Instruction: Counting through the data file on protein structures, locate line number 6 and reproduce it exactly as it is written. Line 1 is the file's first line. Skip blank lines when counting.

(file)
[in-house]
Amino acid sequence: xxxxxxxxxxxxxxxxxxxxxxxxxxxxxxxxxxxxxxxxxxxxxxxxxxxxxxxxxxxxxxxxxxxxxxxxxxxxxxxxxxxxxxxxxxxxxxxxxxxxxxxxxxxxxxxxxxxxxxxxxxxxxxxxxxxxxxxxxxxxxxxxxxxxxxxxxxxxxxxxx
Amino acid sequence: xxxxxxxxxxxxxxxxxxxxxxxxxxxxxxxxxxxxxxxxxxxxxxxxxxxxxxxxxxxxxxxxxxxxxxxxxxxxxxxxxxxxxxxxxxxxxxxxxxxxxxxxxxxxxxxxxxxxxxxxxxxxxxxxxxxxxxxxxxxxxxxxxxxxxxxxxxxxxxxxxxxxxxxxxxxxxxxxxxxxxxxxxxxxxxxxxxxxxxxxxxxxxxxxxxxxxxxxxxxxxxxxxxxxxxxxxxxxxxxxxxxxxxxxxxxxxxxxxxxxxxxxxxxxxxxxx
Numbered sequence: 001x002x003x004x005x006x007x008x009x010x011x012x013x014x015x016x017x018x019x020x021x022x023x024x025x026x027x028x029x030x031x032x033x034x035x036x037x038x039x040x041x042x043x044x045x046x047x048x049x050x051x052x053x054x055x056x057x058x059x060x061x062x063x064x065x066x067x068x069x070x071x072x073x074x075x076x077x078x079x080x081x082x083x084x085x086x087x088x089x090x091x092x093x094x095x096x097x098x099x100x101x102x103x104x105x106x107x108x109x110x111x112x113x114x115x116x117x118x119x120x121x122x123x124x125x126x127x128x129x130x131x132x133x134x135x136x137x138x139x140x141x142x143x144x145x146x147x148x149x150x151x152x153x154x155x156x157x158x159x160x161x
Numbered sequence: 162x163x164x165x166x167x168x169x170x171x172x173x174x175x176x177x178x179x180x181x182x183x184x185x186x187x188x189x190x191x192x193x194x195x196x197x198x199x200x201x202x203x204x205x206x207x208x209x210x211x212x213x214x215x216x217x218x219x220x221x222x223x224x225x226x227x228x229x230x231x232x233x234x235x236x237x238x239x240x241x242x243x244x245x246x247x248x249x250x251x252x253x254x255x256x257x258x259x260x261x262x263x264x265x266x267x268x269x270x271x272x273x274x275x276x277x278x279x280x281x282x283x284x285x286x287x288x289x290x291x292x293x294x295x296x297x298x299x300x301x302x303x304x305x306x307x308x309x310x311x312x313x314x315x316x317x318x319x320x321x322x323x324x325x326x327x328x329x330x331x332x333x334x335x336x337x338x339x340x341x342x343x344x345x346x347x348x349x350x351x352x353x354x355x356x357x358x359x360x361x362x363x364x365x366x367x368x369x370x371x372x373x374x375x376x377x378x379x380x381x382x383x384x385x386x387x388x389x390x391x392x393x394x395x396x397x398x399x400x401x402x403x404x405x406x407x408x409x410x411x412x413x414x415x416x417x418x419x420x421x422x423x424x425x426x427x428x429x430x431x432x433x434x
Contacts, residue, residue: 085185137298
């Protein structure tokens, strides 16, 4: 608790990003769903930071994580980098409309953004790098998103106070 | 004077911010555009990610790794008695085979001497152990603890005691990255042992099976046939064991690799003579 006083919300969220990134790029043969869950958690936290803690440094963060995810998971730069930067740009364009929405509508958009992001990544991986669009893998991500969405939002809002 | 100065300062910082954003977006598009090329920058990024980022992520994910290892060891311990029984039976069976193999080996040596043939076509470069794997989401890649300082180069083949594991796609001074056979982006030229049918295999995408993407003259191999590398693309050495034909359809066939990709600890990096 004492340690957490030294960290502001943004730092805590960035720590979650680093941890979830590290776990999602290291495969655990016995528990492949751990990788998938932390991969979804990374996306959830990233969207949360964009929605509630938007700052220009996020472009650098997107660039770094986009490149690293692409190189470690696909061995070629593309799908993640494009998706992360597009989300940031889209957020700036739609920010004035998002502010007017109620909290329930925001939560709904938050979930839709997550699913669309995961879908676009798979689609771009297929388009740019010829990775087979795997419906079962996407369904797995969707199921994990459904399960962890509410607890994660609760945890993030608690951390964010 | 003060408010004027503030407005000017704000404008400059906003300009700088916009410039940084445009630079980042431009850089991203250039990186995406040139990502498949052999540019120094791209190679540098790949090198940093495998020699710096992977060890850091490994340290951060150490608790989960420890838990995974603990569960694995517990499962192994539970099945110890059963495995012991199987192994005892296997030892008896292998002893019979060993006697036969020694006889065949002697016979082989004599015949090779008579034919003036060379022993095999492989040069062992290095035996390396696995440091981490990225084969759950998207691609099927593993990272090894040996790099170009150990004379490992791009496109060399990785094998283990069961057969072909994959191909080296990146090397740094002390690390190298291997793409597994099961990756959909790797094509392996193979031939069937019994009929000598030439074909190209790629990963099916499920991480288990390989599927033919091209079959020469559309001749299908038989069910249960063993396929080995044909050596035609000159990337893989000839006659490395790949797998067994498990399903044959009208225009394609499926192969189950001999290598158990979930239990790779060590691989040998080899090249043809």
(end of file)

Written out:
Contacts, residue, residue: 085185137298